Agenda Setting Theory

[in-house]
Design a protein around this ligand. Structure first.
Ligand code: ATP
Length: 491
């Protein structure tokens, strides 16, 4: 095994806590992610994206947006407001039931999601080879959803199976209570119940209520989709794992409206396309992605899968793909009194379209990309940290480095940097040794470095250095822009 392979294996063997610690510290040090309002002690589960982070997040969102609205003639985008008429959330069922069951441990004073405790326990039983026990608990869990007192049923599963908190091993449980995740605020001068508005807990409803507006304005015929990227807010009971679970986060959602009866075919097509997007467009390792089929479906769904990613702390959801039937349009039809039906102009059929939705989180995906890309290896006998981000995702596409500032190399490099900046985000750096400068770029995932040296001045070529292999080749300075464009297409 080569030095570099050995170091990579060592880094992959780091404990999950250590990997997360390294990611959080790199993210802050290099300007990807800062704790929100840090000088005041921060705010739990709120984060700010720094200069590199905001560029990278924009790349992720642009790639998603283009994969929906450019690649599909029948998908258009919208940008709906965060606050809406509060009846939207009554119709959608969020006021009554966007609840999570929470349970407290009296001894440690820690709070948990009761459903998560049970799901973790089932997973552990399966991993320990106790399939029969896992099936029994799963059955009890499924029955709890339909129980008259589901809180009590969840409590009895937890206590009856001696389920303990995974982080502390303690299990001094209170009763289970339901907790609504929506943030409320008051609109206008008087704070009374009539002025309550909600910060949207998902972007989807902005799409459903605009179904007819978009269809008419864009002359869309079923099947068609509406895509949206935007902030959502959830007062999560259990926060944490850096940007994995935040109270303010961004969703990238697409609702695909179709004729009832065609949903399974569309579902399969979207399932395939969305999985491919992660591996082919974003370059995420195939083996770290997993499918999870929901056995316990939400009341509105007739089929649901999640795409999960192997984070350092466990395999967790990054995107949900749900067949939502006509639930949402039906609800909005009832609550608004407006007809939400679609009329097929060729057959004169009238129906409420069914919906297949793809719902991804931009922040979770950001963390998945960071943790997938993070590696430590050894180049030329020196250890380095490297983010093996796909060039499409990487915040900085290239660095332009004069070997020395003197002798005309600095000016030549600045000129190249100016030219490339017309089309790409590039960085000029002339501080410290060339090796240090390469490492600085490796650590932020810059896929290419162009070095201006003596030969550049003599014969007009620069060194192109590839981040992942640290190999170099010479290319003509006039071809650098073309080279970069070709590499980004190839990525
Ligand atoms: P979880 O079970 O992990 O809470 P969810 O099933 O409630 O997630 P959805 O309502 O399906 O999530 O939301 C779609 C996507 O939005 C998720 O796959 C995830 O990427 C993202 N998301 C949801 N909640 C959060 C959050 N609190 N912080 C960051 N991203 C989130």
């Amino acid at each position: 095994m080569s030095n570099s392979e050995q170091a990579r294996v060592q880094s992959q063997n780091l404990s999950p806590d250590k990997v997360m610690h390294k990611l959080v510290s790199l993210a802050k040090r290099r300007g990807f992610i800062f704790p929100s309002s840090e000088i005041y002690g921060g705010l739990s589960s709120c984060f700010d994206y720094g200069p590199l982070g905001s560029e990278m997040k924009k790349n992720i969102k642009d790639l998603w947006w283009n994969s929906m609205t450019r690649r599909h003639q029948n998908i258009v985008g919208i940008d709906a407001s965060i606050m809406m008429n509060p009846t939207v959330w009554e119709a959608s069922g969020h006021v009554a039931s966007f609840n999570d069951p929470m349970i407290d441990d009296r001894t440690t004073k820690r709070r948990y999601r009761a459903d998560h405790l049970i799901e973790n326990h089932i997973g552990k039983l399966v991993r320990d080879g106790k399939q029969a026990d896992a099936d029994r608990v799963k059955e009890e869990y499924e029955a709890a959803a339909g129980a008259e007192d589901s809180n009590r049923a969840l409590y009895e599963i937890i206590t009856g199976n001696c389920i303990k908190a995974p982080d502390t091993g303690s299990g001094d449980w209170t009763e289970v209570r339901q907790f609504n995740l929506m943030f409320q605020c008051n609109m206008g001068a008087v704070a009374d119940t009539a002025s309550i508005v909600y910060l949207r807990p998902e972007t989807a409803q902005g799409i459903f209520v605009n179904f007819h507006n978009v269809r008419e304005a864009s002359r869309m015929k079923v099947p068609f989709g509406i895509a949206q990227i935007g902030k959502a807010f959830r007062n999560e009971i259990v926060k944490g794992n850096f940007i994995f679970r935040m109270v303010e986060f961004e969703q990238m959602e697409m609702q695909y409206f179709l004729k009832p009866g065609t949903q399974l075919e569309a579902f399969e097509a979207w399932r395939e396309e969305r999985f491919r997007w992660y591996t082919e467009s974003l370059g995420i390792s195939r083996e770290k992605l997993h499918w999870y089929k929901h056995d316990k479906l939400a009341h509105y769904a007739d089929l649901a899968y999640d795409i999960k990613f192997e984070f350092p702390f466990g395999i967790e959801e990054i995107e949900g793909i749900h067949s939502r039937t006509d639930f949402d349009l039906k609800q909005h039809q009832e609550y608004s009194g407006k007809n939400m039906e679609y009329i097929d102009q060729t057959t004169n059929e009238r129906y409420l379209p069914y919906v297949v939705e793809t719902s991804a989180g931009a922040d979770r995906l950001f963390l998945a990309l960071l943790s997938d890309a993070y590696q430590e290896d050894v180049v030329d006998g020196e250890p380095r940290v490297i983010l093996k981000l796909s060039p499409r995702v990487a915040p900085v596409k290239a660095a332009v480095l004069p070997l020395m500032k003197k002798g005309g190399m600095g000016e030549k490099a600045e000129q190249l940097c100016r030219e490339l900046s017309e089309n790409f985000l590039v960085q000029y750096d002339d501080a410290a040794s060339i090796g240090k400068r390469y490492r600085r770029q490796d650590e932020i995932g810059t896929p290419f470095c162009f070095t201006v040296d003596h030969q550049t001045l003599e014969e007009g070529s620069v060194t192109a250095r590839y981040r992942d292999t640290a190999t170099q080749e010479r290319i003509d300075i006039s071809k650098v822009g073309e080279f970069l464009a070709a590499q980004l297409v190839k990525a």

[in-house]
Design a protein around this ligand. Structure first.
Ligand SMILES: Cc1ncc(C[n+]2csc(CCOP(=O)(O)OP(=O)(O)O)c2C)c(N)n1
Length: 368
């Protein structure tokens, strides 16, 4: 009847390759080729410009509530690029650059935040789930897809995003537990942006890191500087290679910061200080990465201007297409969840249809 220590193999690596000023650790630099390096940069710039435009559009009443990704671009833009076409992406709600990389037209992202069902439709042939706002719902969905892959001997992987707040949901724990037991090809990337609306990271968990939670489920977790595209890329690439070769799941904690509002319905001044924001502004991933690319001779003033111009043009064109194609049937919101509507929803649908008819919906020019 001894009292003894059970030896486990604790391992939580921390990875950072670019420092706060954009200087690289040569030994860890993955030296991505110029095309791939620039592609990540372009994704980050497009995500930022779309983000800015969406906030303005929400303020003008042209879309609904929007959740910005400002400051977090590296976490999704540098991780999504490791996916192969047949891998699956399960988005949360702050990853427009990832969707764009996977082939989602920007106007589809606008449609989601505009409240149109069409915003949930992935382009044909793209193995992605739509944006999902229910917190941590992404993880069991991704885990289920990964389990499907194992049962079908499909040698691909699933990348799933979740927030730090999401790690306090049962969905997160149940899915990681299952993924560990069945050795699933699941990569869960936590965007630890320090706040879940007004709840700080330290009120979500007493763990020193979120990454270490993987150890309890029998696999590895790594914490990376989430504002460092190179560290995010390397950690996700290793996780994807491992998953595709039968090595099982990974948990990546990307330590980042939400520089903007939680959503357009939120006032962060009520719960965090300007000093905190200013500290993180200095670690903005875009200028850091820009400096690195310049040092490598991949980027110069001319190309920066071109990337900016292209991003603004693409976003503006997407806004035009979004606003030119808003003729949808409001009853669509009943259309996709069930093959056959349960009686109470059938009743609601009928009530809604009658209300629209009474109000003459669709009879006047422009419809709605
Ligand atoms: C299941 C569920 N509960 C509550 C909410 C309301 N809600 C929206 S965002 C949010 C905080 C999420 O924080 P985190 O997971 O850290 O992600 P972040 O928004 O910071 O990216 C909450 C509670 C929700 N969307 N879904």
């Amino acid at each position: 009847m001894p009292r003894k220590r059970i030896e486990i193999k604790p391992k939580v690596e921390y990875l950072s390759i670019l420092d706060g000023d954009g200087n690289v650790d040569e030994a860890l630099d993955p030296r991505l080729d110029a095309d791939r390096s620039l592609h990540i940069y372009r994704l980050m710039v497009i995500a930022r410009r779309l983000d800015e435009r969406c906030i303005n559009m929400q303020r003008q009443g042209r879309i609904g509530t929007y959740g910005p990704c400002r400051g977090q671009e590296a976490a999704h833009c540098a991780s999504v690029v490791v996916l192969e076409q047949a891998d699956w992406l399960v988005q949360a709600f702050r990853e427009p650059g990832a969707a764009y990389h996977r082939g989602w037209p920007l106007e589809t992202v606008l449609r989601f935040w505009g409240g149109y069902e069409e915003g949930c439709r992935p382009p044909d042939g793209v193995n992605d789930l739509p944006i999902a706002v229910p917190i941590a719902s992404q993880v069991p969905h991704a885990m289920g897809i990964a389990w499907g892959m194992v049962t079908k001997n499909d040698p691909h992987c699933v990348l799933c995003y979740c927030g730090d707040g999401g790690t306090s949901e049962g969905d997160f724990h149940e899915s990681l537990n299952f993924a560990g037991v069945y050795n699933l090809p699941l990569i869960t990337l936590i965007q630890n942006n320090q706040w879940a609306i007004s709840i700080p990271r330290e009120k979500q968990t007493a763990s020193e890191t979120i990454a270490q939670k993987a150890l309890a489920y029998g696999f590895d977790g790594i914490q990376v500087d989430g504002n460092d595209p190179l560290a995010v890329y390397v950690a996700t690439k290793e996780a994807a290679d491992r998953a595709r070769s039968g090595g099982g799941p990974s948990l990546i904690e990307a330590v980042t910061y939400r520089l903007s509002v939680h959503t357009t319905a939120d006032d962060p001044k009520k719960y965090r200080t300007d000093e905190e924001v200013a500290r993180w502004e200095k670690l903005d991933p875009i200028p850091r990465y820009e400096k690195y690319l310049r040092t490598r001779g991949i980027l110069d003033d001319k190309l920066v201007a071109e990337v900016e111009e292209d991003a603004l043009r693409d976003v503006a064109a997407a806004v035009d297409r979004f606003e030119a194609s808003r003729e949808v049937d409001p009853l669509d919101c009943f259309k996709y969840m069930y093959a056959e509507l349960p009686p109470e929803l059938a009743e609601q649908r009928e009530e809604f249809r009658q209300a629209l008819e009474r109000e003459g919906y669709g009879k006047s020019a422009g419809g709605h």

Mass communication plays an important role in society where its purpose to inform the public about current and even past events. Mass communication is defined as the process whereby professional communicators use technological devices to share messages over great distances to influence large audiences. According to Littlejohn & Foss (2005), mass communication is the process whereby media organizations produce and transmit messages to large publics and the process by which those messages are sought, used, understood, and influenced by audiences. Within this process the media, which can be a newspaper, a book and television, takes control of the information that can see or hear. The media then uses gatekeeping and agenda setting to control public access to news, information, and entertainment. Gatekeeping is a series of checkpoints that the news has to go through before it gets to the public. Through this process many people have to decide whether or not the news is to be seen or heard. Some gatekeepers might include reporters, writers, and editors. After gatekeeping comes agenda setting. According to Dennis McQuail cited in Littlejohn & Foss (2005), media are windows that enable us to see beyond our immediate surroundings, interpreters that help us make sense of experience, platforms or carriers that convey information, interactive communication that includes audience feedback, signposts that provide us with instructions and directions, filter that screen out parts of experience and focus on other, mirrors that reflect ourselves back to us, and barriers that block the truth. Agenda setting as defined is the process whereby the mass media determine what public think and worry about. Agenda setting started when Walter Lippmann, a journalist first observed this function and write Public Opinion in 1922. Lippmann titled his first chapter as “The World Outside and the Pictures in Our Heads”. Lippmann was the person who presented the theory that the mass media make our pictures of the world and inform us about the world events. However, he anticipated that the pictures provided by the media were most of the time incomplete and distorted. People can see only reflections of reality but not reality itself in the news media. Lippmann pointed out that the media dominates over the creation of pictures in our head; he believed that the public reacts not to actual events but to the pictures in our head. However, those reflections provide the basis for our perceptions about the world. Therefore the agenda setting process is used to remodel all the events occurring in our environment, into a simpler model before we deal with it. Researchers Maxwell McCombs and Donald Shaw have then followed this concept. In 1972, researchers McCombs & Shaw conducted an empirical study to investigate the idea that the news media organizations influence our perceptions of the world. As described in the first chapter of this dissertation two researchers from the University of North Carolina thought whether the topics accepted by the news media to represent the outer world reduced the types of events that people used to think about the world. They also thought whether the public’s perception of reality depended on the topics the news media covered or it was not the case. It was a tremendous beginning of a new mass communications theory, which can be divided into two aspects. The first aspect relates with the transmission of issue or object salience from the media agenda to the public agenda. The second aspect relates with the role of news media in framing those issues and things in the minds of masses (Littlejohn & Foss, 2005). Agenda setting theory is a theory that attempts to explain the impact of mass media on society. It is about media power to influence society or audience. Agenda-setting describes a very powerful influence of the media. The Agenda setting...
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